In terms of meaning, according to almost all definitions narratives are selective depictions of reality across at least two points in time that include one or more causal claims. Furthermore, most studies claim that: (1) the formation and selection of narratives is necessary, inescapable and universal to all humans as a way to make sense of near infinitely complex reality—in short, we all produce and use narratives to orient our way through the world; (2) narratives are generalisable and can be applied to multiple situations, as opposed to specific stories; (3) narratives are also distinct from other, related concepts such as frames and discourses; (4) narratives contain implicit or explicit normative claims or “lessons” and have an evolutionary origin as a way to pass on knowledge, making them highly memorable; (5) the potential number of narratives is essentially limitless but only a small number gain popularity. Working with narratives is therefore a vital part of effective strategic communication, in migration and elsewhere.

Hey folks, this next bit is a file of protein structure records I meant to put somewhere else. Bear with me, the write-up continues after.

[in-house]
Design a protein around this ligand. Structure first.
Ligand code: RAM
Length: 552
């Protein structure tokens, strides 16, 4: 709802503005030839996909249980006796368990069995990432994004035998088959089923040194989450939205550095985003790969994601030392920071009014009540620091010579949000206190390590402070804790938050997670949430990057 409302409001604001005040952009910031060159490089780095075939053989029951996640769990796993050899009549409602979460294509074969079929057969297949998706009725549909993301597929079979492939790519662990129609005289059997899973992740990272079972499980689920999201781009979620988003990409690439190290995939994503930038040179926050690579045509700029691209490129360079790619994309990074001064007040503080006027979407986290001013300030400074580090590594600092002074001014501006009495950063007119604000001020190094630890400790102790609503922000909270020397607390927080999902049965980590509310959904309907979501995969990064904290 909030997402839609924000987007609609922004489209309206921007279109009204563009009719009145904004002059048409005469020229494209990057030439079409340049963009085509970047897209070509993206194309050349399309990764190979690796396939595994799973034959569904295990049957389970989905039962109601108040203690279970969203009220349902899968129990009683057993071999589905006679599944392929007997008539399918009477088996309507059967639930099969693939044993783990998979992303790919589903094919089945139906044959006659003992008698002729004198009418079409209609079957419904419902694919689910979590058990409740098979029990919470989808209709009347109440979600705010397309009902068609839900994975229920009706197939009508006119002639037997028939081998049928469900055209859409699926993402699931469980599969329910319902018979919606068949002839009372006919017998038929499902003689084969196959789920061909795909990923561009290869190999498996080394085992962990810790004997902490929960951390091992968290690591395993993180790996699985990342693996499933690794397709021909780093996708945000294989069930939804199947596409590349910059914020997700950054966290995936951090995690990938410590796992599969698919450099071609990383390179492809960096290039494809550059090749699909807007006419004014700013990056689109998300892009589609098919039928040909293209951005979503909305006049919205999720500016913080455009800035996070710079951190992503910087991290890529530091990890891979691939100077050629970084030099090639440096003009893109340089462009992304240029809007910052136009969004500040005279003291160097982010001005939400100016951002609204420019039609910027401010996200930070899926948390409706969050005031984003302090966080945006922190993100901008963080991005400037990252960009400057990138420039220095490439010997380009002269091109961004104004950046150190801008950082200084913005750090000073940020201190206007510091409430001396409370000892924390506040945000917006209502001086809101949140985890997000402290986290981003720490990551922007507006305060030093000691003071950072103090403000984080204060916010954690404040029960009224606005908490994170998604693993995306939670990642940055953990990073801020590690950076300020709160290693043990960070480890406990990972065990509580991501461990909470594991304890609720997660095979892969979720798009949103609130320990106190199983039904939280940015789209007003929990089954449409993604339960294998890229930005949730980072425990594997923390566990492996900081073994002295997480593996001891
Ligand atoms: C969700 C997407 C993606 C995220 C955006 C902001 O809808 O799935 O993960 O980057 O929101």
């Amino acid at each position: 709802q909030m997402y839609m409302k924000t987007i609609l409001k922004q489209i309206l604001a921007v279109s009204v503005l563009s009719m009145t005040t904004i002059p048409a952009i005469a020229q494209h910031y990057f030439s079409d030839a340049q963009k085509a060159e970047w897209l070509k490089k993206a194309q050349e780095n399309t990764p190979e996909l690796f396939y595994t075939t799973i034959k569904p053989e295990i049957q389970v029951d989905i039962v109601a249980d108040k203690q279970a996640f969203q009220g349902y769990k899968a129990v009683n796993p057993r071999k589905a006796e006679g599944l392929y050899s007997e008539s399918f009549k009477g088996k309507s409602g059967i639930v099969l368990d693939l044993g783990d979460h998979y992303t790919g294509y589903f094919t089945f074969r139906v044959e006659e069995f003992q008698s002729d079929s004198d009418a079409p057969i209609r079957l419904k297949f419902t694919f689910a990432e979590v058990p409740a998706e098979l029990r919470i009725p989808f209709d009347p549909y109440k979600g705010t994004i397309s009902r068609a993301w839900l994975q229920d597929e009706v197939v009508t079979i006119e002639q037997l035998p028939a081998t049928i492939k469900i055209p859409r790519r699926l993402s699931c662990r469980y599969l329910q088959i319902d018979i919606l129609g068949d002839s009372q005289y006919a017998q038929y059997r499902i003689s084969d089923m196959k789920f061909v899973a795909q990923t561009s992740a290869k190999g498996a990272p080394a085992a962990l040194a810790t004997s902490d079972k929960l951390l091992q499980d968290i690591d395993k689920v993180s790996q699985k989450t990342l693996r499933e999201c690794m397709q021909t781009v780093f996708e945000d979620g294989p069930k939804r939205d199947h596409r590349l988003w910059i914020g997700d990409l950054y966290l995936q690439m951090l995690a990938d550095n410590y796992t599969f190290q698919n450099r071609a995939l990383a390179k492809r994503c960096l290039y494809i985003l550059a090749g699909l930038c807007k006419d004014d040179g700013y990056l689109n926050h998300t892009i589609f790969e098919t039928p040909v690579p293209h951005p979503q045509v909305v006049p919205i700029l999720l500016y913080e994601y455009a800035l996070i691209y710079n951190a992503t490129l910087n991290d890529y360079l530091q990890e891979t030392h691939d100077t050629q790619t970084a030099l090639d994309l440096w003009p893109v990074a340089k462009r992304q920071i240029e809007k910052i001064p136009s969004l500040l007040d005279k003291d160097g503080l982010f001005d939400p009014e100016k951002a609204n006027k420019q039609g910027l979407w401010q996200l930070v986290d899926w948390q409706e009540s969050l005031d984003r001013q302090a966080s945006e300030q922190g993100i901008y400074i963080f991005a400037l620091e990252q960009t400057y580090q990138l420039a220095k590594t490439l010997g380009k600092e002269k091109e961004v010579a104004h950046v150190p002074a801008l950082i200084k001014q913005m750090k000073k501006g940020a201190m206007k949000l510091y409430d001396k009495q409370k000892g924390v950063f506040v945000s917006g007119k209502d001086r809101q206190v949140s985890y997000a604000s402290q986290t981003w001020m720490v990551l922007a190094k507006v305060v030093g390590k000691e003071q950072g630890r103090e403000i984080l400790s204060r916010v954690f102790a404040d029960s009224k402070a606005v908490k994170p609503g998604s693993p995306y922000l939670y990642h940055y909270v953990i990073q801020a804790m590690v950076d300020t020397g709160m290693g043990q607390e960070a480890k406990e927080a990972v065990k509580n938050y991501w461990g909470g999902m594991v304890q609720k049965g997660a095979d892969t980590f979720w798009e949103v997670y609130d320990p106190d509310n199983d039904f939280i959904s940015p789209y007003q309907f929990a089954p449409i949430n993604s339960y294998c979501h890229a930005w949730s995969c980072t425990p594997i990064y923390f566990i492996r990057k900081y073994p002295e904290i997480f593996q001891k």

Furthermore, academic findings show the popularity of narratives is determined by a combination of large number of factors that can roughly be grouped into three main categories:
- contextual factors, such as the complexity and novelty of the subject matter, the amount of uncertainty and risk surrounding the issue, and its salience to the public, all of which define the demand for narratives to make sense of the issue in question;
- the nature of the narrative itself, including its internal plausibility (whether it makes sense on its own terms), its external plausibility (whether it aligns with what we see in the world), as well as who is delivering the narrative;
- and, the extent to which individuals are predisposed to agreeing with the narrative, defined by whether it aligns with their interests, identity and values and, thus, maintains cognitive consonance.